Japan's Matsushita, Sanyo in Tie-Up Plan: Reports


Panasonic maker Matsushita Electric Industrial and Sanyo Electric may tie up in the first reorganisation move among Japan's top electronics makers, the Yomiuri newspaper
reported on Monday, but the two companies quickly rejected the report.

Sanyo shares leapt 9.2 percent after the Yomiuri paper said a plan had been prepared for business and capital links between the two companies and they could merge in the future, with the main shareholders in struggling Sanyo looking to sell.

Matsushita shares rose 1.2 percent, above a 0.9 percent rise in the benchmark Nikkei stock average . Trading in both stocks were halted for a short time by the Tokyo Stock Exchange.

Sanyo suffered three years of losses up until March 2007 from price wars and an earthquake at its microchip plant and has been restructuring with the help of shareholder Goldman Sachs .

Major shareholders, which also include Sumitomo Mitsui Banking Corp and Daiwa Securities SMBC, have judged it would take time for Sanyo to turn around its businesses itself, and have been looking for a major corporation with financial strength as a buyer, the newspaper said, quoting unidentified sources.

Matsushita and Sanyo together have sales of some 11 trillion yen ($105 billion) and would create Japan's biggest electronics maker if they combined.

Matsushita spokesman Akira Kadota denied that the company was considering such move. Sanyo spokesman Hiroshi Tsuchiya also said the report was not true, adding there was no ongoing tie-up talks with Matsushita or any other companies.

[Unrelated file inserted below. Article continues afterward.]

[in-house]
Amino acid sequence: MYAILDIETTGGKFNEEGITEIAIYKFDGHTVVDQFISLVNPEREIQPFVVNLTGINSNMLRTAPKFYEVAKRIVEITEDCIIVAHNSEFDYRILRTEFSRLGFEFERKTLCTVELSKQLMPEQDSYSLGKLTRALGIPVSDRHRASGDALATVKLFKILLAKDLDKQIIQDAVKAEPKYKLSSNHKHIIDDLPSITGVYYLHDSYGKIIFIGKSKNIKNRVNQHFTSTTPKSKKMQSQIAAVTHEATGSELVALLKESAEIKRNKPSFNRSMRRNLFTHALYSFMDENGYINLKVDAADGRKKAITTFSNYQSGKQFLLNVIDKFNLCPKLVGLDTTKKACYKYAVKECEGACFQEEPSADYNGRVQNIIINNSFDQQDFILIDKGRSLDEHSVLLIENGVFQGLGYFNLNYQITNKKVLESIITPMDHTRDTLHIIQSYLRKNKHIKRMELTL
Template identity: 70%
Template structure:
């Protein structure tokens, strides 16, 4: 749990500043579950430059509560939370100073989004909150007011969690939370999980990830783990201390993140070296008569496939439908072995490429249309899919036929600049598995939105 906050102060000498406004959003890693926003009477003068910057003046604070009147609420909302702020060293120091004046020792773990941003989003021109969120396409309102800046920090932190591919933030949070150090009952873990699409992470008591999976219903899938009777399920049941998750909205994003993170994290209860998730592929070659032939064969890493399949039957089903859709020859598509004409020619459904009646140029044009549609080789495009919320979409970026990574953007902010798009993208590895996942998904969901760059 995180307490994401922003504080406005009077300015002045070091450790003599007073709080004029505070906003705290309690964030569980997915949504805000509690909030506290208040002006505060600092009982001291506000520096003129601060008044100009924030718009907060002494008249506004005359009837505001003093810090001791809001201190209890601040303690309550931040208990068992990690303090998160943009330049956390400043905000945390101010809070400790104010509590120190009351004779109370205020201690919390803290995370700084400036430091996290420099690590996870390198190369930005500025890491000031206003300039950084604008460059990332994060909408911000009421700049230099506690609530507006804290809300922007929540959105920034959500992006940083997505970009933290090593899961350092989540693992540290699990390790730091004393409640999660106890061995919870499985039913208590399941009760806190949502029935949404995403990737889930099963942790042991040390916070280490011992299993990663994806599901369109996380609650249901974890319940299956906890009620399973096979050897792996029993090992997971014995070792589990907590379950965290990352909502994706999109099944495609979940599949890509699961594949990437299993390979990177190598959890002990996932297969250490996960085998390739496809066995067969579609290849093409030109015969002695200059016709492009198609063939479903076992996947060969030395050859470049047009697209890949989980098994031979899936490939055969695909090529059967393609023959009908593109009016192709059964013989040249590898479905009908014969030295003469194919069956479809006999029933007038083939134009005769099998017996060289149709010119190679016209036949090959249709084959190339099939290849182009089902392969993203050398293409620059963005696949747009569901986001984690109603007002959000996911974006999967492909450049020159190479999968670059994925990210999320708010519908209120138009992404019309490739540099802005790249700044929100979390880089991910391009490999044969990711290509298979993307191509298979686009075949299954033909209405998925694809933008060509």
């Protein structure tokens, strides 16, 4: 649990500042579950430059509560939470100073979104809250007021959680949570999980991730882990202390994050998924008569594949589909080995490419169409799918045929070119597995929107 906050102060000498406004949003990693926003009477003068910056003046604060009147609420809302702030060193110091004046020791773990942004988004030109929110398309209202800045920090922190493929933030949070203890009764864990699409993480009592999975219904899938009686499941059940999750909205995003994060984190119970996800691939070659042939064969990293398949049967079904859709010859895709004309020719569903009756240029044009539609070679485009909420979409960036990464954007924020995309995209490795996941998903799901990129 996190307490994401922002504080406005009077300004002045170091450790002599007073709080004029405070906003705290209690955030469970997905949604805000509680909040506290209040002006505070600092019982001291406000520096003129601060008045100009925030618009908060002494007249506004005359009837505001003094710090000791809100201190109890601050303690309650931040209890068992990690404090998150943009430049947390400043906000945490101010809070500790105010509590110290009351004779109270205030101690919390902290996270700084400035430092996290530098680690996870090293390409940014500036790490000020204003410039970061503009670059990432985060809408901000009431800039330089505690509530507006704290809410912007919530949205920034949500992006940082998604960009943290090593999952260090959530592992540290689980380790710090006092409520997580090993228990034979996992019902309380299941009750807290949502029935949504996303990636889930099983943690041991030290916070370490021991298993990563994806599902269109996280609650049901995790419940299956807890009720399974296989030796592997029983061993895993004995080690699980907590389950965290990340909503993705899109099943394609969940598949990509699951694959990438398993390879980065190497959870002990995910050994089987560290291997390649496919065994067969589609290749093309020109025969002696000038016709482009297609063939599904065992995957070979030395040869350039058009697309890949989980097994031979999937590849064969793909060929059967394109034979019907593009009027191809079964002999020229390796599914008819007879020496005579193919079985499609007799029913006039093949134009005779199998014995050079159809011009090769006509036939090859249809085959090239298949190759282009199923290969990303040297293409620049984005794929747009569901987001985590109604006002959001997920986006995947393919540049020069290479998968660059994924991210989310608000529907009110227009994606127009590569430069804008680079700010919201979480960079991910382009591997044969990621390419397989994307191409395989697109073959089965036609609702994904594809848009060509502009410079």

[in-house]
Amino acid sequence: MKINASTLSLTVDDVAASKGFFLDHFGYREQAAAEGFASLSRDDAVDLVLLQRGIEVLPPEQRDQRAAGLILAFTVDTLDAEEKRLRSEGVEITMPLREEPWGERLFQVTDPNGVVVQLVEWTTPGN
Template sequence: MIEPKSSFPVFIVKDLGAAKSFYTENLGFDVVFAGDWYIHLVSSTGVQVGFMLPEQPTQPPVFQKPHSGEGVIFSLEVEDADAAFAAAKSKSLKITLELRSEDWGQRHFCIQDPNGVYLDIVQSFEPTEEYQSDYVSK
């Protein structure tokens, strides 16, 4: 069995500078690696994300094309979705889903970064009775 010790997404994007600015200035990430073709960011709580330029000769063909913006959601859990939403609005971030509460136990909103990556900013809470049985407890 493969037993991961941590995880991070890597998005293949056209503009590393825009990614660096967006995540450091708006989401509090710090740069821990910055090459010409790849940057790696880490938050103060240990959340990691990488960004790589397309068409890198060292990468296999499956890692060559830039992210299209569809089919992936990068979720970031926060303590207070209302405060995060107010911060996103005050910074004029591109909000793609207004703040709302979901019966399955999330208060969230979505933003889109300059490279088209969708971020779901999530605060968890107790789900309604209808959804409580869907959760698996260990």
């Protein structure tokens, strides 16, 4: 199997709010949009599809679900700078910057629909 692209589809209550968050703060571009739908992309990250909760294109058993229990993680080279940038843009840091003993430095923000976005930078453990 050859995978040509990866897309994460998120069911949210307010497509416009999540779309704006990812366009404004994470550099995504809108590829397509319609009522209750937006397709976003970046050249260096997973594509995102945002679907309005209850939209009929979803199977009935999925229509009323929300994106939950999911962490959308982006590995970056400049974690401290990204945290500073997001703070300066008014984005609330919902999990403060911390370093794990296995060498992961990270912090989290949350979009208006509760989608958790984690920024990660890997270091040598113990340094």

Sanyo issued 300 billion yen worth of preferred shares to Goldman, Sumitomo and Daiwa at a deep discount in 2006 to bolster its finances, giving them two-thirds of total voting rights if the shares were converted to common stock.

Matsushita may buy preferred shares in Sanyo from the three financial institutions, with a possibility of combining the two businesses in the future, the paper added.

The paper said the talks could be prolonged because of the two companies' overlapping operations and Sanyo's struggling home appliance and chip businesses.

Sanyo has seen a nascent recovery recently as it focuses its resources on solar cells and rechargeable batteries, its top earners. It has forecast a net profit for the year to March 2008.

Sanyo shares jumped 22 yen to 260 yen while Matsushita shares rose 25 yen to 2145 yen when trading resumed after the two companies issued denials.